Of An Ambiance Close

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Where is the expanse – vast

Of both sky and sea

Upon which at noon

My gaze was cast?

Now both night and tide

Are closing in

An aura pressing

Upon my very skin

Shadows grow deep

Waves thunderously crashing

Soon all shall be enclosed

In night’s grip

An ambiance – dark and lasting




FOWC with Fandango — Ambience





Don’t Be A Heel

These are the devices

With which we trod

Be they Jimmy Choo bound

Or shoddily shod


Two soles we enclose

Two heels we surround

Our ten lower digits

Eat up the ground


We owe so much

To our humble peds

But most of the glory

We show to our heads


So stand up for your feet

Show them you care

Remember, stand you couldn’t

If they weren’t there




Inspiration Call: Feet Remove your shoes. Write a poem that celebrates your feet.






Bat Girl

woman sitting on parking area pavement

Photo by Iwona Baran on Unsplash

Some called her a vigilante, others a local hero.  Whichever viewpoint you took, one thing was certain, petty crime had fallen in Braddockville.  She wore no Lycra-based catsuit or cape, but a plain set of blue denims and a blue patterned bandanna tied cowboy style about her face to shield her identity.

No one knew who this foiler of misdeeds was, but she was popularly referred to in both casual conversation and the local papers as Bat Girl.  Bat Girl?  Yes, the term was first used to describe her by the drug dealer that first experienced her Louisville Slugger.


(99 Words)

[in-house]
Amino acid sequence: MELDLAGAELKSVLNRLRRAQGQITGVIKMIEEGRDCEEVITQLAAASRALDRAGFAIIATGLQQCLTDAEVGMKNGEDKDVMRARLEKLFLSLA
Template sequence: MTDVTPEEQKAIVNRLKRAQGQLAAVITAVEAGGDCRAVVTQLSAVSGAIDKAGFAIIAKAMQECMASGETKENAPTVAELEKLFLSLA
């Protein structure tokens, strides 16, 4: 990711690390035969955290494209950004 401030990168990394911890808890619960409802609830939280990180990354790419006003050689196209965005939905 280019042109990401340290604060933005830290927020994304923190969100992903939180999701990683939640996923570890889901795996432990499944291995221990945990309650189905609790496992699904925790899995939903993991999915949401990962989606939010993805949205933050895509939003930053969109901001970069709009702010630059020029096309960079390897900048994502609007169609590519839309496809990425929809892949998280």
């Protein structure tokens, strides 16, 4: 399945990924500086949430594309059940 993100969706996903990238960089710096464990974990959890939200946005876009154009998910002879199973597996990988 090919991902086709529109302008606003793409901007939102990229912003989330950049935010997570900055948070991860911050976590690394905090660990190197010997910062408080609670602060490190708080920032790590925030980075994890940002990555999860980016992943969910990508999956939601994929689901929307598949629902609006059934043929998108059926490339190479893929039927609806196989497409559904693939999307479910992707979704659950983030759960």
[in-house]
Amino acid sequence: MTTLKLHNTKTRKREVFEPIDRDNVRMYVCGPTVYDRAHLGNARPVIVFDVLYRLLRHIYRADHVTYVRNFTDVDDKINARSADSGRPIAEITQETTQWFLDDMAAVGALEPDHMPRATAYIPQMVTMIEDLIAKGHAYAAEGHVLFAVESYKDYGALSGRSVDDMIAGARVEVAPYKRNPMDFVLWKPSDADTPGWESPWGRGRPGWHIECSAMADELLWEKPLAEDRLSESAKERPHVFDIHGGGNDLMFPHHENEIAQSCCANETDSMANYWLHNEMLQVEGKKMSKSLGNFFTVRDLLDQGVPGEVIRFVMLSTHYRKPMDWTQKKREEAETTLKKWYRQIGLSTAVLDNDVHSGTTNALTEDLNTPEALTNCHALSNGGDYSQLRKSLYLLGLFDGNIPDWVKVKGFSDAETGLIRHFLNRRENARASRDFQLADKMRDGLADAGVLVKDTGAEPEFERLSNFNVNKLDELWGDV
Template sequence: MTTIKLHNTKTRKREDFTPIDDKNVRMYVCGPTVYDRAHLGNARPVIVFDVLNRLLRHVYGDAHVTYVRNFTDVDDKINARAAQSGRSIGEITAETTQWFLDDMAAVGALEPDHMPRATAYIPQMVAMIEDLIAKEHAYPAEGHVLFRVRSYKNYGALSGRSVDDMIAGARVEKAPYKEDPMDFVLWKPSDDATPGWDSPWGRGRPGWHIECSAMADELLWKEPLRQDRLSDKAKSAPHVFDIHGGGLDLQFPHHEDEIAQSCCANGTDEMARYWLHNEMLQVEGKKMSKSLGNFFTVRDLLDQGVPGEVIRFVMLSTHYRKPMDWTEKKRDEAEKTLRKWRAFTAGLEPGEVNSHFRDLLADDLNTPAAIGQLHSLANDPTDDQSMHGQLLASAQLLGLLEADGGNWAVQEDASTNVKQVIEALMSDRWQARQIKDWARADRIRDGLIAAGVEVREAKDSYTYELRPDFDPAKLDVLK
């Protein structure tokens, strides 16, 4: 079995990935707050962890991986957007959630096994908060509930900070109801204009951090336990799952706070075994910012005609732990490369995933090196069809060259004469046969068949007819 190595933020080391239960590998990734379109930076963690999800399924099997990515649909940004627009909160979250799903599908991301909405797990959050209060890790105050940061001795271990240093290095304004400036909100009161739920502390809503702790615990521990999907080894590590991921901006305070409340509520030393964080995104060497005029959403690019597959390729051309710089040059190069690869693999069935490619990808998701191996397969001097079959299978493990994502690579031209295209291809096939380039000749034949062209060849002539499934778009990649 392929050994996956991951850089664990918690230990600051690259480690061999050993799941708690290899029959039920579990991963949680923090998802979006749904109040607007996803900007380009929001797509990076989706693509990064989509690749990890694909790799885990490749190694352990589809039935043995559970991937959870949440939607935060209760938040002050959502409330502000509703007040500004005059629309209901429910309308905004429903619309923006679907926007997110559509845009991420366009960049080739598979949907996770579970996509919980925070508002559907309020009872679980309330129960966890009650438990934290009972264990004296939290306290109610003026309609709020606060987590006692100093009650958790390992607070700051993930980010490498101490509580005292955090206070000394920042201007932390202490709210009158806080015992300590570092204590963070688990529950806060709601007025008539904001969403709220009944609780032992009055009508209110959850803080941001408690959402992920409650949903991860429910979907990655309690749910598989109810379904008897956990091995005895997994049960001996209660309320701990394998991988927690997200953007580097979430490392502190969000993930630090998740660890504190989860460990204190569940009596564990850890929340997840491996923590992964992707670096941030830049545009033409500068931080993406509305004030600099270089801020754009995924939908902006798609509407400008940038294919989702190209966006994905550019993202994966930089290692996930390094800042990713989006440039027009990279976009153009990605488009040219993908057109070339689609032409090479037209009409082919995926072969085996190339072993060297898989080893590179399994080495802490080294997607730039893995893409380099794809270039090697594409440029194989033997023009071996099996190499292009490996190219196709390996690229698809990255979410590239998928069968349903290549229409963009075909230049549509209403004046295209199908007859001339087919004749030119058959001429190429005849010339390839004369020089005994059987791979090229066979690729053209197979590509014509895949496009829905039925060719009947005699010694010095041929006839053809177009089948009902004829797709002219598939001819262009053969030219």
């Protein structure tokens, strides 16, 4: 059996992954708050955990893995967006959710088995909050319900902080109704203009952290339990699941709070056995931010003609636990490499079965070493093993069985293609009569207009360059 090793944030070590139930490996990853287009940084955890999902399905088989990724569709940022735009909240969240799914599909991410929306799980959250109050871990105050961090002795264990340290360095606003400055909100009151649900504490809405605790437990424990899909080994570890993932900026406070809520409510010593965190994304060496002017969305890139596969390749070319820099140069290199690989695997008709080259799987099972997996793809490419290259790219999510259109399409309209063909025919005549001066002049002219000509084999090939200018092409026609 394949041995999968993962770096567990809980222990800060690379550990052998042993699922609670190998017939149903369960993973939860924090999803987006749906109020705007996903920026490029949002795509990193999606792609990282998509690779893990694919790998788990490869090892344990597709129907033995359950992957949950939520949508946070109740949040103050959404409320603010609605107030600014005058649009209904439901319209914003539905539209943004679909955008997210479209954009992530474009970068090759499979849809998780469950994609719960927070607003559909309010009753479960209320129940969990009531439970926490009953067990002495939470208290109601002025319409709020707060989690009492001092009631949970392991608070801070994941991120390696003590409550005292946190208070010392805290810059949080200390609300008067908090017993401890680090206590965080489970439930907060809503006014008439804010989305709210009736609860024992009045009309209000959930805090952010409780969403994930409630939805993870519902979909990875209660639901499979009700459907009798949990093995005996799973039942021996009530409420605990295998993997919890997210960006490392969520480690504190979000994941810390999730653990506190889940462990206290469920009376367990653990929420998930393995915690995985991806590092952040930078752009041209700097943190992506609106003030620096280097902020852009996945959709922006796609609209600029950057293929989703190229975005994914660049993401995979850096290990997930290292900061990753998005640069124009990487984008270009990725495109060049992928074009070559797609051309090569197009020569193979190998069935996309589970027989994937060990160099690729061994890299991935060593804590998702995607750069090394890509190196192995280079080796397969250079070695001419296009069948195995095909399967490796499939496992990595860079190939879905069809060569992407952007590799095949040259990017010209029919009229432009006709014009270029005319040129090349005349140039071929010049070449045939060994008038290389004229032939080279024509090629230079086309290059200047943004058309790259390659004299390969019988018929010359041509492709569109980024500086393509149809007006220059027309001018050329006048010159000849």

April 9: Flash Fiction Challenge – Shield Your Face




black suv in between purple flower fields

Photo by Viktor Lundberg on Pexels.com

Seven-year-old, Sally and her four-year-old brother, Tim were bundled into the car.  Dad had to try the ignition a few times before the vehicle eventually coughed into life.  Soon the Thompson family were motoring down an almost traffic-free road and Mom kept making comments about how beautiful the scenery was.

All the while, Tim stared at the passing images with a mix of wonder and trepidation.  Finally he leaned over to his sister and asked, “Where are we?”

“Don’t you remember?” she asked.  “It’s called ‘outside.'”

I guess two and a half years of lock-down does have it’s drawbacks.



Photo Challenge #310




For some they’re treasure –

For others trash –

For the seller  –

They’re ready cash


Spread on a table, or upon a sheet

You would amazed by the bargains sweet.

You never know what you might find –

Like a first edition – by the author signed.


So whether yard sale,  car boot,  or bazaar

Have loose change ready –

Be it Dollars, Euros,

Pounds or Dinar




Friday March 6, 2020 Writing Prompt Inspiration Call: Yard Sale Finds



Repository of Possibility



“What is this place?” Brittany asked.  “It seemed so small outside, but it goes on forever.”

“It only goes as far as you want it to,” Grandma Hilda responded.  “It is the Library of the Imagination.”

“What’s in it?” Brittany asked excitedly.

“Everything and nothing,” her grandmother replied.

“What do you mean nothing?  There are millions of books here,” Brittany observed.

“Not quite so, Sweetheart,” Hilda replied.  “I used to bring your father here when he was young.  Back then it was full of Pirates and Dragons.  But then he turned his mind to science and the shelves became fewer and fewer.”

“But I see the science books like the one’s in Dad’s office right over there, but there are Pirate books too over to the left.”

“Yes, they are Brittany, but not when your Dad visits, only physics books are here when he comes around,” Hilda said sadly.

“Have you brought Brian here too?” Brittany asked.

“Yes, I have.  But he isn’t much fond of it.”